Besides the explosion, what I also missed was the information that the bar was providing us with free beer. My three male bandmates, however, had not missed this tidbit and were all already well into their second or third beer by the time I figured it out. Being the only driver on the van at present, I knew I could only have one, so I got it and then camped out in the "game room" in back with my computer (we were told not to have them in the main room while the band was playing). About 1/4 of the way into my beer, I noticed I was already starting to feel a bit tipsy. That's IPA for you. When I went back into the main room to check on the guys, I found Adam at the bar working on his flirting skills and Jon and Charlie sitting at a table with several beers in front of them and very happy looks on their faces. They were already drunk! I returned to my nook in back and was later joined by Adam who wanted to use my computer. I turned it over to him and we were soon joined by a patron of the bar who got into a political discussion with Adam regarding the listenership of Rush Limbaugh vs. Mother Jones. In the meantime, I had pulled out some pitas and humus purchased from Whole Foods earlier as a snack because having had no dinner the IPA was really starting to get to me...and I'd only had half - if that! After helping me eat the pita while continuing his discussion with the bar patron, Adam somehow managed to drop his beer right on my computer keyboard. He blames the pita dust on his fingers. He managed to tip the computer up and drain the beer out quickly and it didn't seem to be damaged. Luckily I was mostly amused.
While all the computer/pita fingers/beer drama was occurring, Charlie and Jon were continuing to consume free beer and looking happier and happier. Finally, having told my cousin we probably wouldn't be more than an hour or so behind him (this was before I knew about the free beer) I prodded the guys into heading to Wooster. Once in the van, we had a heck of a time getting out of Cleveland. We seemed to hit every light and some of the signage getting to the Interstate was a bit unclear, but with Adam's help (who is a surprisingly good drunken navigator) we did finally get on...the whole while I'm getting half more annoyed and half more amused by my drunken bandmates who are getting progressively louder and funnier. About 10 miles down the road, which is non-stop construction and has very few exits, Charlie announces that he has to pee immediately and anywhere. There was nowhere to pull off for several miles and then when I finally did it was a totally residential area with no gas stations and no discreet places to pee. After driving around a bit with Charlie and Adam arguing about where was and was not an appropriate place to urinate publicly, we finally found a compromise spot between two housing areas and all three got out to relieve themselves of beer. I used this moment of quiet to call my cousin and let him know how far out we were and to see if there was a place where we could pick up a pizza on the way to their house since we hadn't had dinner and beer definitely needed to be soaked up a bit. Before I could finish the conversation the three loudly returned and my cousin generously volunteered to pick us up a pizza since everything would be closed by the time we got there.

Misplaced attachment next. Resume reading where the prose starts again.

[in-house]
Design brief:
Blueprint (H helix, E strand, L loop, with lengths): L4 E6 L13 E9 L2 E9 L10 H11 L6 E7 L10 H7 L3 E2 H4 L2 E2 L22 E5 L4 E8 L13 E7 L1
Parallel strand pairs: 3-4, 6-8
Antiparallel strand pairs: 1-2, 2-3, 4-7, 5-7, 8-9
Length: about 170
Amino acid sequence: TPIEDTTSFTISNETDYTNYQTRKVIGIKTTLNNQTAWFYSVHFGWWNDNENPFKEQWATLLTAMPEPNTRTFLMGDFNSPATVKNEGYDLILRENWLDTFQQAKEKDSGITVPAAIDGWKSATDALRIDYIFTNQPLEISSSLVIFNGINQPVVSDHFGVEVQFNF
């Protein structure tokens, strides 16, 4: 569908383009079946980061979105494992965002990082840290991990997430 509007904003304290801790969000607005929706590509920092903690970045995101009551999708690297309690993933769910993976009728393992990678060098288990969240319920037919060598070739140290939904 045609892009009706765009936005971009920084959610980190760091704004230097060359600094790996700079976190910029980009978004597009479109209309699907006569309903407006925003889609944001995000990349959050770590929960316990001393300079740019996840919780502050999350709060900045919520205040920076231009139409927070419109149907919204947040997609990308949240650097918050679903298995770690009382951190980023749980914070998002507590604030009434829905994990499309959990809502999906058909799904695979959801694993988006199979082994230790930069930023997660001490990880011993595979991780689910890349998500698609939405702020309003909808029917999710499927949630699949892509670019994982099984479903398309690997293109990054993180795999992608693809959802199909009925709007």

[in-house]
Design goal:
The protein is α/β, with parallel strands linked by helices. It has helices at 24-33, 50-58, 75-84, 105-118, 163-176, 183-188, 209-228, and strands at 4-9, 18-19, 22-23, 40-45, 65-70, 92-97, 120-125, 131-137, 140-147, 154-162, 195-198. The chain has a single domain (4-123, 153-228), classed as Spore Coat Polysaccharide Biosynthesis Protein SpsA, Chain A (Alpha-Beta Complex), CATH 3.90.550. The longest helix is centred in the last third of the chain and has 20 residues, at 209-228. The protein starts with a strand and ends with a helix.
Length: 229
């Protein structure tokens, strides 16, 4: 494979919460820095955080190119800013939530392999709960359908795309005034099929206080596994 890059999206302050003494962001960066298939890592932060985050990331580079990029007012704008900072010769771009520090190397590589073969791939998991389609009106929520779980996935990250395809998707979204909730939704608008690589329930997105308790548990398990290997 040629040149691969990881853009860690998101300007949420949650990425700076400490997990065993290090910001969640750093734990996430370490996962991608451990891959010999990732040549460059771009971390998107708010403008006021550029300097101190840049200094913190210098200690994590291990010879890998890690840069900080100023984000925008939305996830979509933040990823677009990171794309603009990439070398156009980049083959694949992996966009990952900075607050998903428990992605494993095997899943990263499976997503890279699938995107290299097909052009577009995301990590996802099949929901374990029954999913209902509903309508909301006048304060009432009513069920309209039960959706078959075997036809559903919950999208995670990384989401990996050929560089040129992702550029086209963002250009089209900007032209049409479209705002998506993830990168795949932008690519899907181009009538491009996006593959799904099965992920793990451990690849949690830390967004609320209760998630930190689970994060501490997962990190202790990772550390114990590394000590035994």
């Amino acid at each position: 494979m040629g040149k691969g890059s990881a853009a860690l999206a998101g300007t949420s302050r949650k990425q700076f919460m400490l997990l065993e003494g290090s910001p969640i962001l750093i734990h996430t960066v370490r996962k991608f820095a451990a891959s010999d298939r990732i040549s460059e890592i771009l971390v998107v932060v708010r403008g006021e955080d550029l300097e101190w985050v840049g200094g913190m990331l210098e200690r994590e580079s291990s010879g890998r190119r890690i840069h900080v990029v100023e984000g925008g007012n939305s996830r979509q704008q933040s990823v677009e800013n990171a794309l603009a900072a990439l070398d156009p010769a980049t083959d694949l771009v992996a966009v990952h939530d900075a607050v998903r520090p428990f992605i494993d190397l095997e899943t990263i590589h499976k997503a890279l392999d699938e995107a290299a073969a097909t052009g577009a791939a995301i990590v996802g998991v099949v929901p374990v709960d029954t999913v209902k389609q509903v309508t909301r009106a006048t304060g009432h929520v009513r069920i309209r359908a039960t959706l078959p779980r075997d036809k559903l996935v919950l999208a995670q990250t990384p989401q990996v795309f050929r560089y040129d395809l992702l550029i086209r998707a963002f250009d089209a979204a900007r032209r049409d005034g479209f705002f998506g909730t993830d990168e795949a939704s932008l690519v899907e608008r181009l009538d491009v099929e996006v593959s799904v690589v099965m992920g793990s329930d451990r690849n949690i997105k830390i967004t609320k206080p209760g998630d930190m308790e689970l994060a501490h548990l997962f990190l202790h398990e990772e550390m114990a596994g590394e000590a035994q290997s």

After quite a bit more driving and ipod surfing, we finally arrived at my cousin's house. He and his wife, Stacey, were still up and greeted us and got us settled in. The guys were disappointed to find that they had no beer in the house, but I have to admit I was ok with that. Adam immediately headed down to the basement to start working on the music for the songs he'd written over the past day or so. It was amazing how quickly he whipped out a whole bunch of music and hooks. He came up and sang one to my cousins before they went to bed, called "Jolly Joe." By the time we went to bed he had music for 13 songs done. None of us could believe it. We then all retired to our respective sleeping quarters knowing that we needed to get up and start learning the songs so we could hit the studio on Tuesday for Adam's crazy idea...an entire new album, to be recorded in one day.
Oct. 3, 2009 -- The Tree House, Columbus, OH